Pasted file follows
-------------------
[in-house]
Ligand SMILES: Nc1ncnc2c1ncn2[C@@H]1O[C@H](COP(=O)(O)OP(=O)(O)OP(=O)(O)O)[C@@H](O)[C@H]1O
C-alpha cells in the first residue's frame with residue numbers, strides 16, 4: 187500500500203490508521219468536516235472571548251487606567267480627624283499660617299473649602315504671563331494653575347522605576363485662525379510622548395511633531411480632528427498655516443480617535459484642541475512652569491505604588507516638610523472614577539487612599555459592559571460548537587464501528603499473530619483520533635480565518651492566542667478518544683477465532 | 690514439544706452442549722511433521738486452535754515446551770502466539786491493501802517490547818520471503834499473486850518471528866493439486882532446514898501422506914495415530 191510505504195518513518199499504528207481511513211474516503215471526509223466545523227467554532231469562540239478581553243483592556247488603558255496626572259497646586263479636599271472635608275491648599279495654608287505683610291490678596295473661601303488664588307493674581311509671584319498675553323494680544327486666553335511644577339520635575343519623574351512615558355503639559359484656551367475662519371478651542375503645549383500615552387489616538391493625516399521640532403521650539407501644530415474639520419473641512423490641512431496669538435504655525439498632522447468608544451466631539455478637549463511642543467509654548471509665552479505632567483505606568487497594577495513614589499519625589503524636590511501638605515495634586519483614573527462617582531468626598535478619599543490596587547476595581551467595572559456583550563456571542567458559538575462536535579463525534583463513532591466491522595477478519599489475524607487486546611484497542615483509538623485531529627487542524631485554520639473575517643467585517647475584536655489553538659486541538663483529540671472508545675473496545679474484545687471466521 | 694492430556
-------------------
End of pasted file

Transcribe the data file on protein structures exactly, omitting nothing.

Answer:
[in-house]
Ligand SMILES: Nc1ncnc2c1ncn2[C@@H]1O[C@H](COP(=O)(O)OP(=O)(O)OP(=O)(O)O)[C@@H](O)[C@H]1O
C-alpha cells in the first residue's frame with residue numbers, strides 16, 4: 187500500500203490508521219468536516235472571548251487606567267480627624283499660617299473649602315504671563331494653575347522605576363485662525379510622548395511633531411480632528427498655516443480617535459484642541475512652569491505604588507516638610523472614577539487612599555459592559571460548537587464501528603499473530619483520533635480565518651492566542667478518544683477465532 | 690514439544706452442549722511433521738486452535754515446551770502466539786491493501802517490547818520471503834499473486850518471528866493439486882532446514898501422506914495415530 191510505504195518513518199499504528207481511513211474516503215471526509223466545523227467554532231469562540239478581553243483592556247488603558255496626572259497646586263479636599271472635608275491648599279495654608287505683610291490678596295473661601303488664588307493674581311509671584319498675553323494680544327486666553335511644577339520635575343519623574351512615558355503639559359484656551367475662519371478651542375503645549383500615552387489616538391493625516399521640532403521650539407501644530415474639520419473641512423490641512431496669538435504655525439498632522447468608544451466631539455478637549463511642543467509654548471509665552479505632567483505606568487497594577495513614589499519625589503524636590511501638605515495634586519483614573527462617582531468626598535478619599543490596587547476595581551467595572559456583550563456571542567458559538575462536535579463525534583463513532591466491522595477478519599489475524607487486546611484497542615483509538623485531529627487542524631485554520639473575517643467585517647475584536655489553538659486541538663483529540671472508545675473496545679474484545687471466521 | 694492430556